Stormvogel motors out of Minerva Reef
Position as at 17.30 GMT on 21st Oct:
25 degrees 26 mins south
179 degrees 43 west
We left Minerva reef at 11.00am yesterday (Monday) local time and set sail in perfect conditions – a gentle swell and a Force 5 NE wind. Stormvogel set their foresails and Peter reported that the mast was rock-steady and they were making good speed (over 6.5 knots) without the mainsail. We set a double-reefed main and one reef in the yankee to match their speed and had a really lovely afternoon's sailing, with the cockpit speakers blasting out some music. Supper was proper home-cooked chicken curry and rice followed by fresh pineapple.
I (Graham) sat in the pilothouse as the sun set, marvelling at our fast and steady progress and that we were sailing a 'green' boat – the propulsion and steering were provided by the wind and the bright sunshine mean that Maunie's battery bank was fully charged, even with the water-maker running for three hours to make 90 litres of drinking water. Such a contrast to the first two days from Tonga so I was really relaxed and happy, looking forward to the rest of our last big voyage to Opua.
Things changed with a bang just before midnight. Maunie suddenly veered off course and gybed before I could get to the wheel. I got her back under control and then set about adjusting Winnie, our normally incredibly reliable Windpilot self-steering gear, to settle back on course but to no avail. It took me some moments to take in what had happened but, shining a torch over the back of the boat, I could see that Winnie's rudder was no longer there! There had been no noise of impact but it's broken off from its vertical shaft. Unbelievable, it's such a solid construction! We can't see where the break is until we stop the boat and inspect the Windpilot from the water so we are left puzzled and with a real sense of loss. Winnie is our vital, but silent, third crew member so to see her disabled is a real blow, quite upsetting.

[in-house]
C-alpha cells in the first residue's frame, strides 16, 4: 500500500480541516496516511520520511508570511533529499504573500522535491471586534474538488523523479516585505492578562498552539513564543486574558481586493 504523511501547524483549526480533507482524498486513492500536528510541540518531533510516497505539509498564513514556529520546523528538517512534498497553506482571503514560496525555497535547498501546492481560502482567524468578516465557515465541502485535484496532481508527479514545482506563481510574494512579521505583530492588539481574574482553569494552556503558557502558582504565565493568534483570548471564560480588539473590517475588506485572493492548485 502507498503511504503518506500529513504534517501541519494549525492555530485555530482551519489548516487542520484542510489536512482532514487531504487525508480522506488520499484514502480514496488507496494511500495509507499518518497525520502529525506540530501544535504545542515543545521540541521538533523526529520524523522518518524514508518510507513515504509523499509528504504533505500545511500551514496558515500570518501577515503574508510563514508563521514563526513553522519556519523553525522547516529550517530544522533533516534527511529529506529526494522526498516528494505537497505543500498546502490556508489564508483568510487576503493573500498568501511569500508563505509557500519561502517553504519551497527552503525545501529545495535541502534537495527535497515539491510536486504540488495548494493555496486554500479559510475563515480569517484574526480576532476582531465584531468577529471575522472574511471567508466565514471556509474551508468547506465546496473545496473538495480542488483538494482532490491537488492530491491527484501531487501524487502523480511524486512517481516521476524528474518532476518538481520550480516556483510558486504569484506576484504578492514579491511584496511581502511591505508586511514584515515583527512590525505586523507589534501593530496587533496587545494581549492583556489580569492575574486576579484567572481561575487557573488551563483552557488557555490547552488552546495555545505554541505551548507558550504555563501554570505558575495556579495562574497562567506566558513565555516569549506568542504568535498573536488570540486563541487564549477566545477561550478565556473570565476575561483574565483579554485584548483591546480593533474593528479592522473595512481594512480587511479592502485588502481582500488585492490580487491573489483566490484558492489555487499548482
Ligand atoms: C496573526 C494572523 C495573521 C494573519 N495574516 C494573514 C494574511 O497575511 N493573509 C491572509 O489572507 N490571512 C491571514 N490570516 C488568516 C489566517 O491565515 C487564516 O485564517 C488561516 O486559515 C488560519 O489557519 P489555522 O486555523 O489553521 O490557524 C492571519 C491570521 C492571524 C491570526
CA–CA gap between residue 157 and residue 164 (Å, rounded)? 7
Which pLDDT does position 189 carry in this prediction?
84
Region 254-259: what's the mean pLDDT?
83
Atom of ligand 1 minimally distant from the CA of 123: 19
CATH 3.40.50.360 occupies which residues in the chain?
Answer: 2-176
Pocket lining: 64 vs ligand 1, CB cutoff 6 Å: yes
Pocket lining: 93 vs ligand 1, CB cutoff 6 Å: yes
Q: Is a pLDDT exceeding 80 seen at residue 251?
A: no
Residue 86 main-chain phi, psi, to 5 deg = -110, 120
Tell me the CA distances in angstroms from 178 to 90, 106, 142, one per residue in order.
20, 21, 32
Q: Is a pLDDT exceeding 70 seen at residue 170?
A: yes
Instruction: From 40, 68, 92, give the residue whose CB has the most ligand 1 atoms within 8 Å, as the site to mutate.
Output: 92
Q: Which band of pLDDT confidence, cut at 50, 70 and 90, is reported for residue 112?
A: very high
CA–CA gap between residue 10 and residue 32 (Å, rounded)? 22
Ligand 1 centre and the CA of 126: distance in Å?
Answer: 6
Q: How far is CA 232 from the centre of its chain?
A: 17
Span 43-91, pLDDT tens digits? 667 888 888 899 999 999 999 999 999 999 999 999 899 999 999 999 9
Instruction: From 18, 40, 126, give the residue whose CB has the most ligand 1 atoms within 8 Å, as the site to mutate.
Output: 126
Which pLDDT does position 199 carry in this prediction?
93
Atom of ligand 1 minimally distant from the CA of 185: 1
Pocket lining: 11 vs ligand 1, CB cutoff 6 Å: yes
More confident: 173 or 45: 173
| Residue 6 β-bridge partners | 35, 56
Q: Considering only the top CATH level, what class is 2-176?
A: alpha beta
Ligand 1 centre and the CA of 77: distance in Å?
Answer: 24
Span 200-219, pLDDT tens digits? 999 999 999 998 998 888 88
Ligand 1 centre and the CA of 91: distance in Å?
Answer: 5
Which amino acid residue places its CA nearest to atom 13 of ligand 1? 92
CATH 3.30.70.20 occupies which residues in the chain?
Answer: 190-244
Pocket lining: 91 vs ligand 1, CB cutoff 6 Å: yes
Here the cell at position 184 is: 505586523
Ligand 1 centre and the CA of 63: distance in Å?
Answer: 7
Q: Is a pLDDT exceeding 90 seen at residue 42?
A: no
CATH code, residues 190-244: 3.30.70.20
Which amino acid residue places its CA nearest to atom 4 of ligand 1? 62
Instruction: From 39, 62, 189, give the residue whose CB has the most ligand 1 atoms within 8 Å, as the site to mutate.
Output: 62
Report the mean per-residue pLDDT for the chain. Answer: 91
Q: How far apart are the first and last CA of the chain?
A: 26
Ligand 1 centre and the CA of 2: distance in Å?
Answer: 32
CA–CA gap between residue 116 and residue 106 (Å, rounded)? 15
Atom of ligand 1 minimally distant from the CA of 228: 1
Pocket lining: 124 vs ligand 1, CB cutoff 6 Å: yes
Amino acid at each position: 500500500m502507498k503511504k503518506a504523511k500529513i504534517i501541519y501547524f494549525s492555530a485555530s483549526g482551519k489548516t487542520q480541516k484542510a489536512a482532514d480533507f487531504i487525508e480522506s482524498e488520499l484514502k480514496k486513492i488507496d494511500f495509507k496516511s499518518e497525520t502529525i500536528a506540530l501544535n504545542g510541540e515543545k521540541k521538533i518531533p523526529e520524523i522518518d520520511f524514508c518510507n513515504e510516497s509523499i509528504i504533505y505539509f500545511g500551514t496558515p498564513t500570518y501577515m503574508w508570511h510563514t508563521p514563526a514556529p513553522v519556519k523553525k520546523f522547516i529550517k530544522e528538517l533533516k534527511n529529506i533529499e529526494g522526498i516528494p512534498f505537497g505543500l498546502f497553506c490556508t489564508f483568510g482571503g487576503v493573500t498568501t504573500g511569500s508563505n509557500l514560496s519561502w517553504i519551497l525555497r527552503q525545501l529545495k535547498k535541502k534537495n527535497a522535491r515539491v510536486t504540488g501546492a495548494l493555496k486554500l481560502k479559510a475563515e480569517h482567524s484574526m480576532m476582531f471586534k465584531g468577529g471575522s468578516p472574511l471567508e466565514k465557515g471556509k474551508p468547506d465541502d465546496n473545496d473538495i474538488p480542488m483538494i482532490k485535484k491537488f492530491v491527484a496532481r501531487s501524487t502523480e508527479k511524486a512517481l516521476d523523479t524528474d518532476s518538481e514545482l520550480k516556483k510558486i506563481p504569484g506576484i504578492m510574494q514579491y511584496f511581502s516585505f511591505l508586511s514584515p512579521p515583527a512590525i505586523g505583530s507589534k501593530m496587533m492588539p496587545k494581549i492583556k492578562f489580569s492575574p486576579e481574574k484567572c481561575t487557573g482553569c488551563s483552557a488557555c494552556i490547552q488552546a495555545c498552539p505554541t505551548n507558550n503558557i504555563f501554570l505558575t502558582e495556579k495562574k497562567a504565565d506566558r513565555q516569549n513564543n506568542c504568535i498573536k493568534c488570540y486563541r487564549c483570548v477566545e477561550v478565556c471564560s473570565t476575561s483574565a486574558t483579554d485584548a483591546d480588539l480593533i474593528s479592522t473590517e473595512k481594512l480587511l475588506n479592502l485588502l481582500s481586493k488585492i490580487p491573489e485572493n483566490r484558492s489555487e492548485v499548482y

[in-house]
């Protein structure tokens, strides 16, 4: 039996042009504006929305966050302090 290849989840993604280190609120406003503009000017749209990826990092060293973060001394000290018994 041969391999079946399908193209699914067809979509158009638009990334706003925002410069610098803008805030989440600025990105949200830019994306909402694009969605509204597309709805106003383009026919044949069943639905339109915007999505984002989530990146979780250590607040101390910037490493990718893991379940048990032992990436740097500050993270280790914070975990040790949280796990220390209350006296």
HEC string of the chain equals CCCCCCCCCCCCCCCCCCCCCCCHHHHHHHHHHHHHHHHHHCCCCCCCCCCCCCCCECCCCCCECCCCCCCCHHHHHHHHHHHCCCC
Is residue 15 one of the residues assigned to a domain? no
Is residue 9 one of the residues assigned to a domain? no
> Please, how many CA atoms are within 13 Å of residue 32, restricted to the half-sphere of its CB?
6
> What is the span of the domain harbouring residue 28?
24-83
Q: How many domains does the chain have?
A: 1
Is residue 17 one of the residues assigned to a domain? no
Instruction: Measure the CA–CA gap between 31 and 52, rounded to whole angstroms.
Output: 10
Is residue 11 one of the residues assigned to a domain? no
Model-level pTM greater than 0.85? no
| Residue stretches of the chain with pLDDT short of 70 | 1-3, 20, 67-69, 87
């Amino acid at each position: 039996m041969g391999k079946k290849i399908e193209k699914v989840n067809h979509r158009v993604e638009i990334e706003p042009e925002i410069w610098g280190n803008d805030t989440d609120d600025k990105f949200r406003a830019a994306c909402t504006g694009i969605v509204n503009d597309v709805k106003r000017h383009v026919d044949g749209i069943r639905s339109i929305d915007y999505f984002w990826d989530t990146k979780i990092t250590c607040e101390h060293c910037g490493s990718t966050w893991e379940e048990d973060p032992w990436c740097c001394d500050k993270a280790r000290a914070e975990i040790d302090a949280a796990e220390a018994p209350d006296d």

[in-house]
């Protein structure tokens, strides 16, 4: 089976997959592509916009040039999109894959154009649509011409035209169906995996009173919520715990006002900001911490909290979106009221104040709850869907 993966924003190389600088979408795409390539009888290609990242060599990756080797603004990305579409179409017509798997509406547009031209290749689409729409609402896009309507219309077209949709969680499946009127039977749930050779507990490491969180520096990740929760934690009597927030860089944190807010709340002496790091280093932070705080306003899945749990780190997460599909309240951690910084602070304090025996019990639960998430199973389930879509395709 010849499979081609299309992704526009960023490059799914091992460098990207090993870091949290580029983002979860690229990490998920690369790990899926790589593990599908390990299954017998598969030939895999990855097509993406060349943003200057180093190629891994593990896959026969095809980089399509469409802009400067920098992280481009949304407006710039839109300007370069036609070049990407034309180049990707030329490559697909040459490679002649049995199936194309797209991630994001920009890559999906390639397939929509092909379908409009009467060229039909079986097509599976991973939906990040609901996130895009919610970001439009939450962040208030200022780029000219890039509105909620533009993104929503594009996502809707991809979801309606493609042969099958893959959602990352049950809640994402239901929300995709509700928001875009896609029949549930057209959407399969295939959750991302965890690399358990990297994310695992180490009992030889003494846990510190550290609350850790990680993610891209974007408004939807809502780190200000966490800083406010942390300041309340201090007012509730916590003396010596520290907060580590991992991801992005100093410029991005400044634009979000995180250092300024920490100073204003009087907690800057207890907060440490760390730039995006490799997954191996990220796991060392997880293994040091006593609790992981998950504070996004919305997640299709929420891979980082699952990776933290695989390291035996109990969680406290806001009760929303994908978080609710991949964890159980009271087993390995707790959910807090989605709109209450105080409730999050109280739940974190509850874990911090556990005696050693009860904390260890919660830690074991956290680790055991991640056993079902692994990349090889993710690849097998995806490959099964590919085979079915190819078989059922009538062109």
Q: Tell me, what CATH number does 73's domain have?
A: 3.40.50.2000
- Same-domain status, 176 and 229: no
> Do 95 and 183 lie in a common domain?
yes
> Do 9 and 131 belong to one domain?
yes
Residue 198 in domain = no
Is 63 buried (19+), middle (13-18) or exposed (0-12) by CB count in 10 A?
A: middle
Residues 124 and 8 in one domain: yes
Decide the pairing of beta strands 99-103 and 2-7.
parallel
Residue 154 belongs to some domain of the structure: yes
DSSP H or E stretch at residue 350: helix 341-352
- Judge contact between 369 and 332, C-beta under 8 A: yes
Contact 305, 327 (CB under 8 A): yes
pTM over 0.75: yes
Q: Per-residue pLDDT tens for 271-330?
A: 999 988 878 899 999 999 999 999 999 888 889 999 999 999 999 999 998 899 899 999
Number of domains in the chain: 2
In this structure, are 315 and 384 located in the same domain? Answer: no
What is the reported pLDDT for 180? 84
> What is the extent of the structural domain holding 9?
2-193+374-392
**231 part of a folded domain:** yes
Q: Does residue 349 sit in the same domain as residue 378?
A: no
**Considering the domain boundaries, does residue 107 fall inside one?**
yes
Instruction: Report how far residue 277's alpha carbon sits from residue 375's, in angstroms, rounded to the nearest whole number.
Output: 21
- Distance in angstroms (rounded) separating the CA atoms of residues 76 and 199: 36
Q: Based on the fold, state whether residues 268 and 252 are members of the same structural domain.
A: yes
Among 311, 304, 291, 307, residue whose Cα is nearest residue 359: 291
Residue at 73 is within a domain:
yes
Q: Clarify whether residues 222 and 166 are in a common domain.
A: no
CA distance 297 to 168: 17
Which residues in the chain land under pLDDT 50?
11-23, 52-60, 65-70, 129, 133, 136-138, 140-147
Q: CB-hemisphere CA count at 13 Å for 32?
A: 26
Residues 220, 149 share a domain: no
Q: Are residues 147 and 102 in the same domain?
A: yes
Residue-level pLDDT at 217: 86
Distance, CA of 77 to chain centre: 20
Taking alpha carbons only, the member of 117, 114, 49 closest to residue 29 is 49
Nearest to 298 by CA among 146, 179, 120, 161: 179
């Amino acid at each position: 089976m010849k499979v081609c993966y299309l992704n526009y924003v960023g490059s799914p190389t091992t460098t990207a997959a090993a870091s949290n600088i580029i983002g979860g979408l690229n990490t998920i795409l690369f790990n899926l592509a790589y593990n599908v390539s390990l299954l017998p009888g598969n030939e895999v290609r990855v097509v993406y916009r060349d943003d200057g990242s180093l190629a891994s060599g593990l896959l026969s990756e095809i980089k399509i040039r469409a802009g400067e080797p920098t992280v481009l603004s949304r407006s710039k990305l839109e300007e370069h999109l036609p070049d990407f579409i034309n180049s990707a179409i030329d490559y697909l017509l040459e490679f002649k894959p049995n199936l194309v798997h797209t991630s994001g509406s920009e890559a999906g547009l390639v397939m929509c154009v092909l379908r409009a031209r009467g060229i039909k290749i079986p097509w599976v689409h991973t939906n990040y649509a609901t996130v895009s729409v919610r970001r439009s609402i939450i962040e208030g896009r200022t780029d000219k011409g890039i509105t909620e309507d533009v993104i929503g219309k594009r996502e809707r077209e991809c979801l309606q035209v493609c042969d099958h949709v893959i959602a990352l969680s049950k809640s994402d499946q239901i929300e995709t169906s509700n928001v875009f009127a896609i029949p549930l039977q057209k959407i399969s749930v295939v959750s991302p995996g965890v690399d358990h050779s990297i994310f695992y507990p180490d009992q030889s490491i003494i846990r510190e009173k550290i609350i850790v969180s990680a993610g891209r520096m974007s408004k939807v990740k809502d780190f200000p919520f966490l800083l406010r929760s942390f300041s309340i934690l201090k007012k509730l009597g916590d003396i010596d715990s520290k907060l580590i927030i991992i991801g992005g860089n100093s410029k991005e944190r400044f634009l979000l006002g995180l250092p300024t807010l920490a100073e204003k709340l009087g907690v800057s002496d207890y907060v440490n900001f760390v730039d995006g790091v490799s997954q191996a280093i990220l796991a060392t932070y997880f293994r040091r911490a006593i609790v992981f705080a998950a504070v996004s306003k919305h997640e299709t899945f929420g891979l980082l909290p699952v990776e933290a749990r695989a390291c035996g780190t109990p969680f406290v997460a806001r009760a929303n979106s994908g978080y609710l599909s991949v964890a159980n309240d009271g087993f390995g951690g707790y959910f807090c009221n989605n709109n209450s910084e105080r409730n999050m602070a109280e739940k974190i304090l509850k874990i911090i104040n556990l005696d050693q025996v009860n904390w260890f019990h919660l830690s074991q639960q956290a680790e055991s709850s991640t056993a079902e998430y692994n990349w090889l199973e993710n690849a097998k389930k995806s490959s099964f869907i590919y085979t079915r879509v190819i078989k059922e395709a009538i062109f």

At least we still have Constance, out electric autopilot, so she has stepped in admirably through the night. She just uses electrical power from the batteries (so we go from an average of 2.5 amps to an average of 6 amps current demand) which means we'll have to run the generator to augment the power produced by the solar panels.
Apart from this, all's well. For the first time ever we (Maunie and Stormvogel) are sharing the services of a professional weather router, Bob McDavitt from NZ. Bob was part of the NZ Americas Cup campaign a few years ago and enjoys god-like status amongst Kiwi sailors; he's semi retired now but offers a weather routing service to yachts in this part of the world. We've given him our sailing speed and he's given us a route which jinks left and right towards NZ to avoid counter currents and get the most favourable winds. It's a whole new thing for us and quite fascinating – his route tells us where we should be each 6 hours and what the wind and waves should be like. Obviously the forecast gets more sketchy toward the end of the 7 day passage so we send daily position updates to get new routing information as required. The weather is definitely tricky down here as we leave the area of fairly consistent SE – E trade winds and head south towards frontal systems can bring SW gales if you get your timing wrong. Bob's forecast suggest we'll have light winds ahead for a couple of days, so will probably have to motor-sail a bit, but hopefully we'll arrive at Opua (on Monday we hope)between two weather fronts that will cross North Island on Saturday and next Thursday. Hope he lives up to his reputation!